- Medtronic has combined its robotic-assisted surgery technology and older surgical devices into a single operating unit led by Mike Marinaro.
- The company disclosed the change, which was first reported by MassDevice, in an update to its website, which now says Marinaro leads a “newly combined Surgical Operating Unit” that brings together “a legacy of surgical devices and the new robotic-assisted surgery technology.”
- Medtronic created two distinct operating units — Surgical Innovations and Surgical Robotics — when it restructured in 2021 but has now joined them together in pursuit of a growth opportunity.
Marinaro became president of Medtronic’s Surgical Robotics business last year. At that time, Matt Perry was Marinaro’s counterpart at the Surgical Innovations unit. However, with Perry leaving the company late last year, Medtronic has merged the operations and promoted Marinaro to run the new Surgical Operating Unit.
“By combining these businesses, Medtronic will capitalize on one of the most attractive markets in all of healthcare — a market that is forecasted to nearly double over the next 10 years,” Medtronic said in a statement to MassDevice. “Surgical robotics operations in Colorado and Connecticut will remain open.”
Surgical Innovations is one of three, slower-growing parts of the business that accounted for half of sales last year. Surgical Robotics is one of five fast-growing units that Medtronic sees helping it to increase its sales in the coming years. The combination of the units comes as Medtronic is going through an “aggressive transformation,” management has said previously, intended to reduce complexity and improve capital allocation.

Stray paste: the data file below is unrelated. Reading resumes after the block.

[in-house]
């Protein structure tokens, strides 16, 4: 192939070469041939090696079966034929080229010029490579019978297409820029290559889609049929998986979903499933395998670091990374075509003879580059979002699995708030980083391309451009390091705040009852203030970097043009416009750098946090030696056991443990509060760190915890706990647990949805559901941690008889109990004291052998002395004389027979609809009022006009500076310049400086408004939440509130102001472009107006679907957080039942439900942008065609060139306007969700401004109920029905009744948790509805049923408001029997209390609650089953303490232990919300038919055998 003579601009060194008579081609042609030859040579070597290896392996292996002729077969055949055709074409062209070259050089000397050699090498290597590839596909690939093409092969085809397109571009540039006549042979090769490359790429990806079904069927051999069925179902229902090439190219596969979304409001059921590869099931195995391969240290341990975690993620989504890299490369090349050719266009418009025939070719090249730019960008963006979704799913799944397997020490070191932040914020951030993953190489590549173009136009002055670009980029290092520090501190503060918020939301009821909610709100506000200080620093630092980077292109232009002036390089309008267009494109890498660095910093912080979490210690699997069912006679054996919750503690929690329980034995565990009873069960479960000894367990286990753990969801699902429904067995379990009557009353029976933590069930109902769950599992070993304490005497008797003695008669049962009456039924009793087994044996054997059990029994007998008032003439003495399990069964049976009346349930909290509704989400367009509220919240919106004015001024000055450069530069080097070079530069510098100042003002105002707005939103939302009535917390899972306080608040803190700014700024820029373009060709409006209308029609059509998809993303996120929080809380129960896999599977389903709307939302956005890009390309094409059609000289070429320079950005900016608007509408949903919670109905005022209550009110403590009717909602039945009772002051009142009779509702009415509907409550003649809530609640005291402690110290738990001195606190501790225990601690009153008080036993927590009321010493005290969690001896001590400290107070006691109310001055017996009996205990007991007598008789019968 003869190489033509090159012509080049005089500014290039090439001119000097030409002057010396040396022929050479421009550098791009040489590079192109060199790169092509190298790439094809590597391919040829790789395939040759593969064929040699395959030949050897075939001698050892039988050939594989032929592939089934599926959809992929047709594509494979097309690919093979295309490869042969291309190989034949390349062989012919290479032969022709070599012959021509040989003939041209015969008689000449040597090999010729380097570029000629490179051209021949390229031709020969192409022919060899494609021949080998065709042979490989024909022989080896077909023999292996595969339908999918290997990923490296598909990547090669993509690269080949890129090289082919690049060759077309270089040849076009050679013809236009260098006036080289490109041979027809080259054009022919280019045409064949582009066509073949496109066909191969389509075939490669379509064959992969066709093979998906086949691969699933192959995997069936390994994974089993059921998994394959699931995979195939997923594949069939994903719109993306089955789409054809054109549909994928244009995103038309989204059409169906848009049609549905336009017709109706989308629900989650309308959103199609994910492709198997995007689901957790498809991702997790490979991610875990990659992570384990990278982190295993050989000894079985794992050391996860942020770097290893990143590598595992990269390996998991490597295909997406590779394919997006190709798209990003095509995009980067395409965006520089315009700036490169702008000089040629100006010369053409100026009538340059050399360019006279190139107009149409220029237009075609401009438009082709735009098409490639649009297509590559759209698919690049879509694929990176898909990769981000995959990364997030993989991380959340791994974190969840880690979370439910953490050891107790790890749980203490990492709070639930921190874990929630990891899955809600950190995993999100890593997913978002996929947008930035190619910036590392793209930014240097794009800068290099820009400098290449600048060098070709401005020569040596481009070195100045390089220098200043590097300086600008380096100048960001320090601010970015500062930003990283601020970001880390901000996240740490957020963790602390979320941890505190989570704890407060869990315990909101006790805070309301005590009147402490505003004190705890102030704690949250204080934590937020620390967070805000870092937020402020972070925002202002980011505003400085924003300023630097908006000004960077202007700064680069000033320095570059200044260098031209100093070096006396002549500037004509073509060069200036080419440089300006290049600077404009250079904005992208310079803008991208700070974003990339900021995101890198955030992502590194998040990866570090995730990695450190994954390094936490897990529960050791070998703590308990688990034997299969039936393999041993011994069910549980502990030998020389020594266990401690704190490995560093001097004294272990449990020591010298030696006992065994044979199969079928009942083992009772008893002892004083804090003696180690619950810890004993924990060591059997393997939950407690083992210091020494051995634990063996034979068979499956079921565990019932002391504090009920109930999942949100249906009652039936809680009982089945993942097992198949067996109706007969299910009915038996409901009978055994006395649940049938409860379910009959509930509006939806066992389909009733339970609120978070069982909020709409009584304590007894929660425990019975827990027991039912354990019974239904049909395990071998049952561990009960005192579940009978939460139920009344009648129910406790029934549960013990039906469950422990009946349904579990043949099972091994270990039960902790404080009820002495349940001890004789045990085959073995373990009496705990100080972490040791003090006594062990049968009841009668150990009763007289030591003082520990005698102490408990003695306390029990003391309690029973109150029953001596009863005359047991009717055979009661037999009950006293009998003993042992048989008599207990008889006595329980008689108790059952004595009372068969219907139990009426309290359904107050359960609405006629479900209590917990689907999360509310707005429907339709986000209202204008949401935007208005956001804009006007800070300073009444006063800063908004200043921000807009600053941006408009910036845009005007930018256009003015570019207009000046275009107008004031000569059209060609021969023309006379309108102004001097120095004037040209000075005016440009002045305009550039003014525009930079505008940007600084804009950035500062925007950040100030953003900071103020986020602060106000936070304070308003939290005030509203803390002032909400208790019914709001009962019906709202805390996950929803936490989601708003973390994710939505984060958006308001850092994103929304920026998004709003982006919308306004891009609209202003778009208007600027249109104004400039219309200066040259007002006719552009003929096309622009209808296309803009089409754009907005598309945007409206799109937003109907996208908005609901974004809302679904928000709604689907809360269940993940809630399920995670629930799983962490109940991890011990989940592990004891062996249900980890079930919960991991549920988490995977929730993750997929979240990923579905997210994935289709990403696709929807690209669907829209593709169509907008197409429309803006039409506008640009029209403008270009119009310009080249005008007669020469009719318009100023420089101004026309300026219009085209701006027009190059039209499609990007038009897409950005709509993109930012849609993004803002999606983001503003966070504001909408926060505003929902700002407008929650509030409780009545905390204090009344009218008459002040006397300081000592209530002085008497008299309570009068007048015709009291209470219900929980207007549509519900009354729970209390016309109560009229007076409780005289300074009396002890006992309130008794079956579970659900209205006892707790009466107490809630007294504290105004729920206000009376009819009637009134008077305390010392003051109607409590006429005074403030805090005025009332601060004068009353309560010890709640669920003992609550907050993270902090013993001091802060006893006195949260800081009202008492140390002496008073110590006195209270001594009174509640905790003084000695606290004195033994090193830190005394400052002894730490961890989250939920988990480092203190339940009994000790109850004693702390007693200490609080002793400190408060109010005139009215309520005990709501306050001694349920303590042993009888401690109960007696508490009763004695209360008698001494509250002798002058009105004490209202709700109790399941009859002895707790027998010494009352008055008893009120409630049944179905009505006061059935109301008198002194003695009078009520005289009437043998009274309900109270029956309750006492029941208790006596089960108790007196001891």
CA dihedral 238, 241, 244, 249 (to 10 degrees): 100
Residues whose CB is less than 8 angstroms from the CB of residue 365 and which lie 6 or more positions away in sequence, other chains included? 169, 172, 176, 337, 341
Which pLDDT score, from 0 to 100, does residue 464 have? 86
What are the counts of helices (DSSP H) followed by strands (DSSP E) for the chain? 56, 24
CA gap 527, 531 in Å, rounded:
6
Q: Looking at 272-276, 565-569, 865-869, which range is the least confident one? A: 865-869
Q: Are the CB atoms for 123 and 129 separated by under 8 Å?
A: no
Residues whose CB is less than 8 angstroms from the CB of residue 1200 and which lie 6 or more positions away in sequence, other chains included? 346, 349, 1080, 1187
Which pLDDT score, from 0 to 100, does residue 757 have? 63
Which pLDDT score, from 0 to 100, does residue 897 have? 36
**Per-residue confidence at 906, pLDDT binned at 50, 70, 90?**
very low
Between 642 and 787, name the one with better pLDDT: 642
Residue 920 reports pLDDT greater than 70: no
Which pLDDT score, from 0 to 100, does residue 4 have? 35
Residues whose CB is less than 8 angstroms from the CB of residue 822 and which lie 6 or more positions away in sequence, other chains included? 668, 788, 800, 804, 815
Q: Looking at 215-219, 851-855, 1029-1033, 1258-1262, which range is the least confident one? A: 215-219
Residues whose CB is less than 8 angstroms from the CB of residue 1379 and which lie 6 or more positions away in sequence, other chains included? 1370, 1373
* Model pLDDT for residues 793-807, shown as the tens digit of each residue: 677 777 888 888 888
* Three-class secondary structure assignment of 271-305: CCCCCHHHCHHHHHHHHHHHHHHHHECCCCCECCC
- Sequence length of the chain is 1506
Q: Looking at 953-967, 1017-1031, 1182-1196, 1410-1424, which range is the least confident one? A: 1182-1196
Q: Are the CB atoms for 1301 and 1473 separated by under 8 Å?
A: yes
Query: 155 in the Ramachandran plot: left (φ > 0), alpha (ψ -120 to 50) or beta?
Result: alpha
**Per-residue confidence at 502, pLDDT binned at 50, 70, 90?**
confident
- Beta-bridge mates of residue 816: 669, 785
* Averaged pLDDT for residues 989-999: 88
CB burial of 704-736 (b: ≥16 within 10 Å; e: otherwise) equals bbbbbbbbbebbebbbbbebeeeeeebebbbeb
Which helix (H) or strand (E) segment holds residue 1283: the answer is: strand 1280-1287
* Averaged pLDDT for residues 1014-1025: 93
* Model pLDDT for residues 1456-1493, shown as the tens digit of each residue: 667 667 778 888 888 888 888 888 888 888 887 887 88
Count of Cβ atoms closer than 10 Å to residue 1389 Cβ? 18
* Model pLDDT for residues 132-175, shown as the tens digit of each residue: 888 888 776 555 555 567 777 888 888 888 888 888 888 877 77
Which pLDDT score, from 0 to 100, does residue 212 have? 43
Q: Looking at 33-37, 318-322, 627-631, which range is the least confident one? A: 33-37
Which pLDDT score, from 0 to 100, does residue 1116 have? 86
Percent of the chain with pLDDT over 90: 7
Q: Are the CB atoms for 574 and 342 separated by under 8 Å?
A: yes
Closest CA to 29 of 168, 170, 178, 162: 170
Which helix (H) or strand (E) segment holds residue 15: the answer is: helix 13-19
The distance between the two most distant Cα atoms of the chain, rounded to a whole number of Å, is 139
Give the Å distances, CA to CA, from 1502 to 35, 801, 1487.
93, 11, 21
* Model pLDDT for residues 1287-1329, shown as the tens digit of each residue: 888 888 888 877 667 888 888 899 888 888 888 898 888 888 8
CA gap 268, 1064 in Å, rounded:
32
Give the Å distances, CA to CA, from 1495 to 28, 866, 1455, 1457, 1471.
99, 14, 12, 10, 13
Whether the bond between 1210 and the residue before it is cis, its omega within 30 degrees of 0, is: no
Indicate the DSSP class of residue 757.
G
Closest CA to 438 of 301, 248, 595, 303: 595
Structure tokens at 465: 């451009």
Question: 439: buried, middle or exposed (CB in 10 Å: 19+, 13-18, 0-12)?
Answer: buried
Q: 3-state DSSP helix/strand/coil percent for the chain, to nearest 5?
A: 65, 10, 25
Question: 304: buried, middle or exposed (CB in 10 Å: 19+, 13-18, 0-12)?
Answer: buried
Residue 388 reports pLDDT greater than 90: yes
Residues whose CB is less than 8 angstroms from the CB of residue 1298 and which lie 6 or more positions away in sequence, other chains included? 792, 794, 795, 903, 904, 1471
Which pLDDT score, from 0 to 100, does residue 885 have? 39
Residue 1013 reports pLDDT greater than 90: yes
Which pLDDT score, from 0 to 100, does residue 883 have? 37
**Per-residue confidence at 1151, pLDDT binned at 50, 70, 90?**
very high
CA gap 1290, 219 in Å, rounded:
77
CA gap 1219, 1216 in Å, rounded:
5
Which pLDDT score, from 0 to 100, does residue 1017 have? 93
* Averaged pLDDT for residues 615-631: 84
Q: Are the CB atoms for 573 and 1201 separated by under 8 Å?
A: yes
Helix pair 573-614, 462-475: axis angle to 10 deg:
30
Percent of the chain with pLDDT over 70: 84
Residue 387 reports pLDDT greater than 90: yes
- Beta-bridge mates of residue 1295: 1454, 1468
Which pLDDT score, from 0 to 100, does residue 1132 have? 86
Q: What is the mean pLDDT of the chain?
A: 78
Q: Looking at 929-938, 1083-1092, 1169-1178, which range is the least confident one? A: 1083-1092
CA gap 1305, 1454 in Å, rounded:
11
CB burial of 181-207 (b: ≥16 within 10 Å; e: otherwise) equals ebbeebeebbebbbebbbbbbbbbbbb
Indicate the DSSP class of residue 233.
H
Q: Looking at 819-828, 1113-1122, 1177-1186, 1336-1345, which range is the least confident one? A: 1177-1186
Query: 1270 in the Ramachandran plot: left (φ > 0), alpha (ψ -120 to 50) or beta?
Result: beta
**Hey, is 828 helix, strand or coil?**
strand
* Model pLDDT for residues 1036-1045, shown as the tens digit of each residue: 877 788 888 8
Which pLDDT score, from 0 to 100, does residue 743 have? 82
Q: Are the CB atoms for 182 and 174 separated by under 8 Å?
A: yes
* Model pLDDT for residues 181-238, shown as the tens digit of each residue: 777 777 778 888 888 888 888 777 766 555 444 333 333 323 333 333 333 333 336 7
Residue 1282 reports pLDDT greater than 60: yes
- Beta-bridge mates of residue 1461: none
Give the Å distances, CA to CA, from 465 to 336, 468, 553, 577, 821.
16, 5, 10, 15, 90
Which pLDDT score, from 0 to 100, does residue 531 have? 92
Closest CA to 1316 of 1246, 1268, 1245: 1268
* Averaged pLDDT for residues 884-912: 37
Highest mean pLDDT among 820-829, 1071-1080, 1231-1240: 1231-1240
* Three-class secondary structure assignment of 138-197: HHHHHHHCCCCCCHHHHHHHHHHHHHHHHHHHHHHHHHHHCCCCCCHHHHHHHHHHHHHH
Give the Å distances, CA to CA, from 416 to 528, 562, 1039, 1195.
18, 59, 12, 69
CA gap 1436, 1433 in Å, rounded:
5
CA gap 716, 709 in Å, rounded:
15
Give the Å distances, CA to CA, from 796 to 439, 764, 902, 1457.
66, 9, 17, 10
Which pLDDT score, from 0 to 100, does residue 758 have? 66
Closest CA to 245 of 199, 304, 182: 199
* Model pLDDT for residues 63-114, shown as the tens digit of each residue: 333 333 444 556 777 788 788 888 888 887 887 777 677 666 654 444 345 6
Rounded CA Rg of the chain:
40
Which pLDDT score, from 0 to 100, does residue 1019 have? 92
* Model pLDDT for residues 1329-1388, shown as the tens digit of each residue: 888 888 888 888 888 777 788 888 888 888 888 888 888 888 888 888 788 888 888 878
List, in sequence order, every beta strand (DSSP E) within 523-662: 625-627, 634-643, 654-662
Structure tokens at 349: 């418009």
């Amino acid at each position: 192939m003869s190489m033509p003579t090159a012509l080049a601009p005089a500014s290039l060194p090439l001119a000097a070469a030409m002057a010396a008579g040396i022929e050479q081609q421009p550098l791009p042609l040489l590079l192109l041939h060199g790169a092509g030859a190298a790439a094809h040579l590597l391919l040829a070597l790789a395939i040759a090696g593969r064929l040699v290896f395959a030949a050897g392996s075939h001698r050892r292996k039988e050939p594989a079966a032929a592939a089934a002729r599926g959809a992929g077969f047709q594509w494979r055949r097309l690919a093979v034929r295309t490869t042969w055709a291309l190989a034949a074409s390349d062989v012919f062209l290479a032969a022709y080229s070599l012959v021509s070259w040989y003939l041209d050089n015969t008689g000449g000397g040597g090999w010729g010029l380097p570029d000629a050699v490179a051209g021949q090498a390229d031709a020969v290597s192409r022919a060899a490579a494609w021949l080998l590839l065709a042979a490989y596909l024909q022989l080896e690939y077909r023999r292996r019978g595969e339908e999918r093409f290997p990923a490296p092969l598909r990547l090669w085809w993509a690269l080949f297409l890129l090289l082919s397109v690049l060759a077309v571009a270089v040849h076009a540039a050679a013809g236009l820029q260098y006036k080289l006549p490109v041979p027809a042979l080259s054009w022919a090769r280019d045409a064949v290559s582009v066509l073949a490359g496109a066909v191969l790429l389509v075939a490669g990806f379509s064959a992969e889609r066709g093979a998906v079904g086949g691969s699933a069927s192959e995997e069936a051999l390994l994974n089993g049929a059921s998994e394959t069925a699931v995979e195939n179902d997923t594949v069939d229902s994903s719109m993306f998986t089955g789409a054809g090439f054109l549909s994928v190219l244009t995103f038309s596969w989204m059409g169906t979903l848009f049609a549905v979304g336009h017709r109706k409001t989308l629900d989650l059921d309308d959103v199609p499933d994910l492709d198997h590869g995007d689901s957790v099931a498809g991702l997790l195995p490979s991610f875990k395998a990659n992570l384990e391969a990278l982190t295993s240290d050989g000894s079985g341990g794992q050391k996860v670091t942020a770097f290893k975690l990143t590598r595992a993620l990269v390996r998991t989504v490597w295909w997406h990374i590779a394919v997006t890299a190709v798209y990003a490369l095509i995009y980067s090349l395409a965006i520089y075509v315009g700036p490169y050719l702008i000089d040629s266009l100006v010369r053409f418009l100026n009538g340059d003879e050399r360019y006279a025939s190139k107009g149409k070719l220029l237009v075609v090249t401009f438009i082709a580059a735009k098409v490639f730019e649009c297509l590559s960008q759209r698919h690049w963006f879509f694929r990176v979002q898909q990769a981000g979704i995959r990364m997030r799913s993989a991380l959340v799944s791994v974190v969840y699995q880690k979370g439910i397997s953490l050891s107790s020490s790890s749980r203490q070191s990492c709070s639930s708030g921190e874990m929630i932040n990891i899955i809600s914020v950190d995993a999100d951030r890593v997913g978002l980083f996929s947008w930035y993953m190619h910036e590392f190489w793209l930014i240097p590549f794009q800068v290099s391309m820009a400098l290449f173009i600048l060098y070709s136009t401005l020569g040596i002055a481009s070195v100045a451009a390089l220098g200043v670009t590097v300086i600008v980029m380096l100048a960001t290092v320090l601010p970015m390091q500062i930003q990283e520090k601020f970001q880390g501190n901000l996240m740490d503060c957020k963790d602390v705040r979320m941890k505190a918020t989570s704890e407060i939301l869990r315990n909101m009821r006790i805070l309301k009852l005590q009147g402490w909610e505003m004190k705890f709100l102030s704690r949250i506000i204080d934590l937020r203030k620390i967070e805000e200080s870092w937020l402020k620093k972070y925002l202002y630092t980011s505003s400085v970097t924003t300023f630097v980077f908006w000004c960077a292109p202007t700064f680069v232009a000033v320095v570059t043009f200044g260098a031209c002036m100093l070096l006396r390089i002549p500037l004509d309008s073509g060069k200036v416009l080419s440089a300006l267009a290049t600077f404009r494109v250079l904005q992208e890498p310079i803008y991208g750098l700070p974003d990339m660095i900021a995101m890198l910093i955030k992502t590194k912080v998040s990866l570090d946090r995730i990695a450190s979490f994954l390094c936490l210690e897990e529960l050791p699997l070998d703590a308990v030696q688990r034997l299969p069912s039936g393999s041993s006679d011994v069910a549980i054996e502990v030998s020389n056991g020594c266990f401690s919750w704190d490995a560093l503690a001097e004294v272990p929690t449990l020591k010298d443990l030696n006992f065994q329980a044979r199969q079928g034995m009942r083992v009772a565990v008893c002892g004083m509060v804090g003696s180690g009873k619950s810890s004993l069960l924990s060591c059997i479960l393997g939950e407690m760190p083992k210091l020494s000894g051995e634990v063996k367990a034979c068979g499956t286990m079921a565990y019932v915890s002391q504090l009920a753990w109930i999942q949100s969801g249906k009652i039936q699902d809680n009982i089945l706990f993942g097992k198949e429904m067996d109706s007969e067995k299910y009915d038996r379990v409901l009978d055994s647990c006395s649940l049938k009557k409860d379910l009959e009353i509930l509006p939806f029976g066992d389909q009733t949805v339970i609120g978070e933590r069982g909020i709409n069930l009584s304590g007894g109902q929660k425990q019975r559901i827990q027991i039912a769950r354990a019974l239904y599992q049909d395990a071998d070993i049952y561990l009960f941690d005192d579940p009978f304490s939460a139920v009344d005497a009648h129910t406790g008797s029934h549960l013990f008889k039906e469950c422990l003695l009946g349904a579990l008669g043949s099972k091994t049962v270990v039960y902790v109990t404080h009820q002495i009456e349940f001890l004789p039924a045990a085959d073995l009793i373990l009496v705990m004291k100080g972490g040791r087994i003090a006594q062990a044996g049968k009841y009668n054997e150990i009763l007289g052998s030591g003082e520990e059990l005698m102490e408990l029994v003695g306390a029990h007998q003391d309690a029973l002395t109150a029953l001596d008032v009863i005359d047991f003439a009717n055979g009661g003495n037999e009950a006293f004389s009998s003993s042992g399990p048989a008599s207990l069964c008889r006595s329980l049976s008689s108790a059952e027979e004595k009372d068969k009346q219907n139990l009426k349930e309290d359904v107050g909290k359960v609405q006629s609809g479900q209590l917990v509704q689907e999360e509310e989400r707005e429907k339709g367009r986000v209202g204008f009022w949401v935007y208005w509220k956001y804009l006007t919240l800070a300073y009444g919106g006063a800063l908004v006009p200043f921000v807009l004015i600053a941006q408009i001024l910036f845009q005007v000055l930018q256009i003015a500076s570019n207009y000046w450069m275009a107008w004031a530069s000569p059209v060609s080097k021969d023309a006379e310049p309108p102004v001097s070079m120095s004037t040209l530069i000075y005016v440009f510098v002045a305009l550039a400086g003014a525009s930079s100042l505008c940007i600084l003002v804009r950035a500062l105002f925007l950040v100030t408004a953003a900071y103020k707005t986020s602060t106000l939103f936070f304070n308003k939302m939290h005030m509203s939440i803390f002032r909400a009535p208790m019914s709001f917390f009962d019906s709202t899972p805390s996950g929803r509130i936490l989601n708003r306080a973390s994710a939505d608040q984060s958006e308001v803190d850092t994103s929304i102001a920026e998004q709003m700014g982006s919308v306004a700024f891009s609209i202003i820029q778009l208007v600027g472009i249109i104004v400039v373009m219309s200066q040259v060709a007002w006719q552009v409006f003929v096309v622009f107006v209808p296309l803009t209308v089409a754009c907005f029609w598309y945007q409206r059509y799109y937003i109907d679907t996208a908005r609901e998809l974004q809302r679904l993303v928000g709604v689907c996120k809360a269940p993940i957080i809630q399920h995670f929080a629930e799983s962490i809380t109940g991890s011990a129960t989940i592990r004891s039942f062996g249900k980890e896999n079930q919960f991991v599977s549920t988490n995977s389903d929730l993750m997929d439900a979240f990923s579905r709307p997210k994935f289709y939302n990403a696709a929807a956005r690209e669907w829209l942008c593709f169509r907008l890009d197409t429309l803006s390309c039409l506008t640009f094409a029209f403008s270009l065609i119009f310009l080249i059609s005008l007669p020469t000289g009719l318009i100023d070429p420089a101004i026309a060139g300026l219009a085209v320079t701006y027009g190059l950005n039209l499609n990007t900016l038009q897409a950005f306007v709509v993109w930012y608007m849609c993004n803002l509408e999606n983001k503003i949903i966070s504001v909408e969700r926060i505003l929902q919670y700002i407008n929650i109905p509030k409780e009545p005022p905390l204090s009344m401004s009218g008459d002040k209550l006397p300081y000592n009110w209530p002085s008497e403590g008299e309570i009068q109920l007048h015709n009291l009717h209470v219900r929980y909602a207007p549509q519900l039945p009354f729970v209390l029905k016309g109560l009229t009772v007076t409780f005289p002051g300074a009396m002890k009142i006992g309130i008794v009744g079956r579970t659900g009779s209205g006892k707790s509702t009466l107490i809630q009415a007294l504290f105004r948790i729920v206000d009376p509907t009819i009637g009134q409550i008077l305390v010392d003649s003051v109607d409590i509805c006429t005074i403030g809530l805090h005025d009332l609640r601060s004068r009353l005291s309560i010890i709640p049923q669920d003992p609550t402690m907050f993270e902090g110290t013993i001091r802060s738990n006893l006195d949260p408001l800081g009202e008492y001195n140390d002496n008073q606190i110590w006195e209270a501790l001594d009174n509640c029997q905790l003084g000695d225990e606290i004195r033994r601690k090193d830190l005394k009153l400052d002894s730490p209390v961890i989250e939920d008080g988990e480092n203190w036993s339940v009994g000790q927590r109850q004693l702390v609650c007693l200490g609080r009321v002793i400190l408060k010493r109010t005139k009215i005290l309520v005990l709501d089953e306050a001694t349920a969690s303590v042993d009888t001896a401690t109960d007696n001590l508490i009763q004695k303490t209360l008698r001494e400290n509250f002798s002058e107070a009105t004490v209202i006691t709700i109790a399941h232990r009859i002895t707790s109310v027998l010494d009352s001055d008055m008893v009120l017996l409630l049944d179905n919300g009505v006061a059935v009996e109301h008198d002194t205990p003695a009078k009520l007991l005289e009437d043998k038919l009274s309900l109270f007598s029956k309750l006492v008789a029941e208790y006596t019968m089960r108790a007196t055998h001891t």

Marinaro has taken over Medtronic’s combined unit at an important moment for its robotic business. After delaying the program in light of feedback from surgeons, Medtronic is now enrolling patients in a clinical trial that could help establish its Hugo robot as a rival to Intuitive Surgical’s da Vinci system in the U.S.
Talking to investors earlier this month, Medtronic CFO Karen Parkhill said surgeons “love the imaging technology, which is a little sharper, brighter than our competition” and argued the company is “really well positioned” to grow the business as the proportion of procedures done robotically increases.